13 March 2014
Working with low-income households in the HaMakuya district in Limpopo province enabled the University of Johannesburg’s Chris Bradnum to design a safer, more efficient biomass stove that is also kinder to the environment.
The Tshulu Stove, named after the Tshulu Trust who partnered with Bradnum in his project, is a safe, efficient and sustainable wood burning stove for rural and low-income households that promises to reduce deforestation while decreasing the risks of burning or developing respiratory illnesses from open fire cooking.
“The majority of low-income households in South Africa rely on open fires or use paraffin as their primary fuel source for heating and cooking needs,” Bradnum said in an article on the University of Johannesburg’s website on Wednesday.
“A recent study by the Global Alliance for Clean Cookstoves estimates that 3-billion people in the developing world cook food and heat their homes with traditional cookstoves or on open fires,” explained Bradnum, who is head of the university’s industrial design department. “More than 4-million premature deaths occur every year due to smoke exposure from cooking on open fires or using inefficient stoves in the homes.”
Bradnum said that, while gas could be an ideal alternative to electricity in terms of clean cooking and efficiency, there was a general mistrust of gas stoves, with paraffin being the fuel of choice for cooking in many areas.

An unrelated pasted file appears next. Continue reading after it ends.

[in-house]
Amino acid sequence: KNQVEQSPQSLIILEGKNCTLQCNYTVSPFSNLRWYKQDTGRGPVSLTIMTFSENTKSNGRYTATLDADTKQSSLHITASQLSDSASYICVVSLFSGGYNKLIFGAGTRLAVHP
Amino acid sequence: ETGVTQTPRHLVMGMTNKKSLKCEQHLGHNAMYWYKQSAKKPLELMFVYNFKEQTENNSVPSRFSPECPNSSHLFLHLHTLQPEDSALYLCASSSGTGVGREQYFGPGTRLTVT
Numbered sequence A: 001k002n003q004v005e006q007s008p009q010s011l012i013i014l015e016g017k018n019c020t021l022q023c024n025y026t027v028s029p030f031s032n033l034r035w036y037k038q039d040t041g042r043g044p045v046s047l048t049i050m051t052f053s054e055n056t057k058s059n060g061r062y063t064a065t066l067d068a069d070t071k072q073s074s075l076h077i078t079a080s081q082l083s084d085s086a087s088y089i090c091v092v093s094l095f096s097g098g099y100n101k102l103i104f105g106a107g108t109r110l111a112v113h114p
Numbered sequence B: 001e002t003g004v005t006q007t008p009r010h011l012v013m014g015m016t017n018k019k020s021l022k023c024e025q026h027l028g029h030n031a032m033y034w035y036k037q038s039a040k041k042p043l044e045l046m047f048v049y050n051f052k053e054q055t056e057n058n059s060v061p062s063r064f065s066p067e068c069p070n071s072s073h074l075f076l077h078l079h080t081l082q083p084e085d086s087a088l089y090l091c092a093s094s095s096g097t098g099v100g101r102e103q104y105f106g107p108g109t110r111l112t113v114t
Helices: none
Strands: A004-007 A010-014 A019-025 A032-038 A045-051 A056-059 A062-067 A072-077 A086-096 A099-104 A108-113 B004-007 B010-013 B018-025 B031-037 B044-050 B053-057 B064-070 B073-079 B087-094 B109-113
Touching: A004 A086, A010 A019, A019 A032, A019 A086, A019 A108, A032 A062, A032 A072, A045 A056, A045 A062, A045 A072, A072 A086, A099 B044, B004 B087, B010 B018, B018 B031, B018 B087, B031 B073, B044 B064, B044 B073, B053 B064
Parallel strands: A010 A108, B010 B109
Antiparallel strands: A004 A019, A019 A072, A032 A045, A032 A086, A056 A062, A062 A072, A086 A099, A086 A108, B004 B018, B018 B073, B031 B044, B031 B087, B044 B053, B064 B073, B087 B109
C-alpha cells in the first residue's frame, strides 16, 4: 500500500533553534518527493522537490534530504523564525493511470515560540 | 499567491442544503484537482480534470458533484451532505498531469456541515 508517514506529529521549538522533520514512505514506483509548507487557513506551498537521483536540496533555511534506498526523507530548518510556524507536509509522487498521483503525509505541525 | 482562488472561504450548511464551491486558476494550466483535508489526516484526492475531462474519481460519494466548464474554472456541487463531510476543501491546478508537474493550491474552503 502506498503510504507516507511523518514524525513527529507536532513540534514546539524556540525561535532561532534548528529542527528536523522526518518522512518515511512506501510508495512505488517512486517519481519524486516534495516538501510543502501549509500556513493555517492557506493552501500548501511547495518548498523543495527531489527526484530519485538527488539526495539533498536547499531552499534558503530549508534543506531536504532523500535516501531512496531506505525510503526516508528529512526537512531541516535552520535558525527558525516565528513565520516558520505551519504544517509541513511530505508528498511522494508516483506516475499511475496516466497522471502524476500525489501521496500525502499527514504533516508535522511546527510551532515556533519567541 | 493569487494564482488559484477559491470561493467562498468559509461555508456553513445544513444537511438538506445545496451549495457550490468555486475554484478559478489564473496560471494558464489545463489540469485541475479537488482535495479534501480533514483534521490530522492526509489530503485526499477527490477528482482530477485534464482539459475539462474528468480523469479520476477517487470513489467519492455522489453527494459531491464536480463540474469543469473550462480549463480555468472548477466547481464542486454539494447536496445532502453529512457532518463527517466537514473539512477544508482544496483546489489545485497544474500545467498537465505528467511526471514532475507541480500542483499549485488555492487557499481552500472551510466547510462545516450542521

However, in the Ha-Makuya, Vhembe District in Limpopo, where Bradnum conducted his research, the community tends to use wood fires for cooking – making the Tshulu Stove, which reduces both the amount of wood required and the smoke and emissions given off by fires, an excellent solution.
“The cutting down of trees is strictly controlled in the area by village headmen and the local chiefs, so households can only use wood that has fallen off the trees or specific areas that have been demarcated for tree felling.” This means that the community has to spend long hours searching for wood.
“The fallen branches are of little use in open fires as these burn up very quickly and don’t generate enough heat for cooking. However, these smaller branches burn extremely well in the Tshulu Stove,” Bradnum said.
The Tshulu Stove is based on the “rocket stove” design, developed by Aprovecho in the US, which includes a burn chamber and directed chimney of heat to the base of the cooking pot.
“The Tshulu Stove, however, includes innovations such as introducing air below the burn chamber, a removable ashtray, standing height cooking, an inner sleeve that reduces the amount of heat loss from the burn chamber, and an outer sleeve that reduces the chance of burning the stoves users,” Bradnum said.
In laboratory testing conducted at the university’s Sustainable Energy Technology and Research Centre (SeTAR), the stove’s combustion efficiency levels were 2% for paraffin, 5% for charcoal and 10% for wood (a lower percentage indicating greater efficiency) – working out at an average efficiency of 3%, a fraction above the ideal paraffin stove.
“In effect, the Tshulu Stove will save an average household, cooking three meals a day on the stove, 7 kilograms of wood per day over that of a three-stone fire,” Bradnum said. “This translates to a saving of 2 500 kilograms of wood for one household in a year.”
SAinfo reporter and University of Johannesburg